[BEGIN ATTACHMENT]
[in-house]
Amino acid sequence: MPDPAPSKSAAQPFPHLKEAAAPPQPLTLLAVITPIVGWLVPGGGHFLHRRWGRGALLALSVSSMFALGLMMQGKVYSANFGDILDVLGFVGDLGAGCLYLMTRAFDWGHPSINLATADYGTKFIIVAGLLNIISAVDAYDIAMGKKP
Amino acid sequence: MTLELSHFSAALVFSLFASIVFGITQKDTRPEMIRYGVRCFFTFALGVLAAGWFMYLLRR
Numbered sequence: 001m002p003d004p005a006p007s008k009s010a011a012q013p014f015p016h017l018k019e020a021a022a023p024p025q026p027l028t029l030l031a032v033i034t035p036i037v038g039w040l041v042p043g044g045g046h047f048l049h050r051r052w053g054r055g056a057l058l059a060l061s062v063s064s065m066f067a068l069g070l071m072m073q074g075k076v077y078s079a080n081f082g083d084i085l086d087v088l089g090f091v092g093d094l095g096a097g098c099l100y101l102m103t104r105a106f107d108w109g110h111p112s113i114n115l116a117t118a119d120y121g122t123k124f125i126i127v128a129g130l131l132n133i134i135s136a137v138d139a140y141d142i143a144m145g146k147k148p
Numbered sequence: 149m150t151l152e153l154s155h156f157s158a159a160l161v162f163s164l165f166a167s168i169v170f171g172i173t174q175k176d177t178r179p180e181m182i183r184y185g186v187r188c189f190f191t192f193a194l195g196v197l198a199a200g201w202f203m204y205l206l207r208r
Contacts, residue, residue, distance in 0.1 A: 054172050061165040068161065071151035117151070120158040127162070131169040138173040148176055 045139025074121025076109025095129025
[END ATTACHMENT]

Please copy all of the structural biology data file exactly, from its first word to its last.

[in-house]
Amino acid sequence: MPDPAPSKSAAQPFPHLKEAAAPPQPLTLLAVITPIVGWLVPGGGHFLHRRWGRGALLALSVSSMFALGLMMQGKVYSANFGDILDVLGFVGDLGAGCLYLMTRAFDWGHPSINLATADYGTKFIIVAGLLNIISAVDAYDIAMGKKP
Amino acid sequence: MTLELSHFSAALVFSLFASIVFGITQKDTRPEMIRYGVRCFFTFALGVLAAGWFMYLLRR
Numbered sequence: 001m002p003d004p005a006p007s008k009s010a011a012q013p014f015p016h017l018k019e020a021a022a023p024p025q026p027l028t029l030l031a032v033i034t035p036i037v038g039w040l041v042p043g044g045g046h047f048l049h050r051r052w053g054r055g056a057l058l059a060l061s062v063s064s065m066f067a068l069g070l071m072m073q074g075k076v077y078s079a080n081f082g083d084i085l086d087v088l089g090f091v092g093d094l095g096a097g098c099l100y101l102m103t104r105a106f107d108w109g110h111p112s113i114n115l116a117t118a119d120y121g122t123k124f125i126i127v128a129g130l131l132n133i134i135s136a137v138d139a140y141d142i143a144m145g146k147k148p
Numbered sequence: 149m150t151l152e153l154s155h156f157s158a159a160l161v162f163s164l165f166a167s168i169v170f171g172i173t174q175k176d177t178r179p180e181m182i183r184y185g186v187r188c189f190f191t192f193a194l195g196v197l198a199a200g201w202f203m204y205l206l207r208r
Contacts, residue, residue, distance in 0.1 A: 054172050061165040068161065071151035117151070120158040127162070131169040138173040148176055 045139025074121025076109025095129025